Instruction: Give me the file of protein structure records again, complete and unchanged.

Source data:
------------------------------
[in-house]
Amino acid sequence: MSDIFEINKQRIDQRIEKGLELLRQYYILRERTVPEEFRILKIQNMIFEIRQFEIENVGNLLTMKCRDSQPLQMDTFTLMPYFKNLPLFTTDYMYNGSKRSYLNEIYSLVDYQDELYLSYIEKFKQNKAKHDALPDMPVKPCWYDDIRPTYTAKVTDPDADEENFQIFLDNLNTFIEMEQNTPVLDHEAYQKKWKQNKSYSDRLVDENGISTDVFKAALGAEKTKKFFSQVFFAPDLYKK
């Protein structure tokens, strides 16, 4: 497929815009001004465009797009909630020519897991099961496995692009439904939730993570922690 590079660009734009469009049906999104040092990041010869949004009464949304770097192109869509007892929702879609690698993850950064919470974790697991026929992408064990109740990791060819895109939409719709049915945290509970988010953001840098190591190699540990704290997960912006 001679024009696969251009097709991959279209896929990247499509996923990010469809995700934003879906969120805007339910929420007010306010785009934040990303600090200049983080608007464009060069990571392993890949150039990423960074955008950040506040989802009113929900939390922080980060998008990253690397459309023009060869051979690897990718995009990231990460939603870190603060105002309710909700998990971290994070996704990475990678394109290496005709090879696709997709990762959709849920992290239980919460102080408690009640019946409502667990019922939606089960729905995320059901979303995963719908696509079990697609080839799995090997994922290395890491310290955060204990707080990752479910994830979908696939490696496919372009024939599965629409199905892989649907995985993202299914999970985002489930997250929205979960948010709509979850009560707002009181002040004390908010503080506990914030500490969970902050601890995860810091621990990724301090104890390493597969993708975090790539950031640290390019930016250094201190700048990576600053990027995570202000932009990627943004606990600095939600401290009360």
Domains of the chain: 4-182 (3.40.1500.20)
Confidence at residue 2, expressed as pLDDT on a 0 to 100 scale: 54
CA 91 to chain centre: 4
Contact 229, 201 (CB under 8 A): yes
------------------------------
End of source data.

[in-house]
Amino acid sequence: MSDIFEINKQRIDQRIEKGLELLRQYYILRERTVPEEFRILKIQNMIFEIRQFEIENVGNLLTMKCRDSQPLQMDTFTLMPYFKNLPLFTTDYMYNGSKRSYLNEIYSLVDYQDELYLSYIEKFKQNKAKHDALPDMPVKPCWYDDIRPTYTAKVTDPDADEENFQIFLDNLNTFIEMEQNTPVLDHEAYQKKWKQNKSYSDRLVDENGISTDVFKAALGAEKTKKFFSQVFFAPDLYKK
């Protein structure tokens, strides 16, 4: 497929815009001004465009797009909630020519897991099961496995692009439904939730993570922690 590079660009734009469009049906999104040092990041010869949004009464949304770097192109869509007892929702879609690698993850950064919470974790697991026929992408064990109740990791060819895109939409719709049915945290509970988010953001840098190591190699540990704290997960912006 001679024009696969251009097709991959279209896929990247499509996923990010469809995700934003879906969120805007339910929420007010306010785009934040990303600090200049983080608007464009060069990571392993890949150039990423960074955008950040506040989802009113929900939390922080980060998008990253690397459309023009060869051979690897990718995009990231990460939603870190603060105002309710909700998990971290994070996704990475990678394109290496005709090879696709997709990762959709849920992290239980919460102080408690009640019946409502667990019922939606089960729905995320059901979303995963719908696509079990697609080839799995090997994922290395890491310290955060204990707080990752479910994830979908696939490696496919372009024939599965629409199905892989649907995985993202299914999970985002489930997250929205979960948010709509979850009560707002009181002040004390908010503080506990914030500490969970902050601890995860810091621990990724301090104890390493597969993708975090790539950031640290390019930016250094201190700048990576600053990027995570202000932009990627943004606990600095939600401290009360």
Domains of the chain: 4-182 (3.40.1500.20)
Confidence at residue 2, expressed as pLDDT on a 0 to 100 scale: 54
CA 91 to chain centre: 4
Contact 229, 201 (CB under 8 A): yes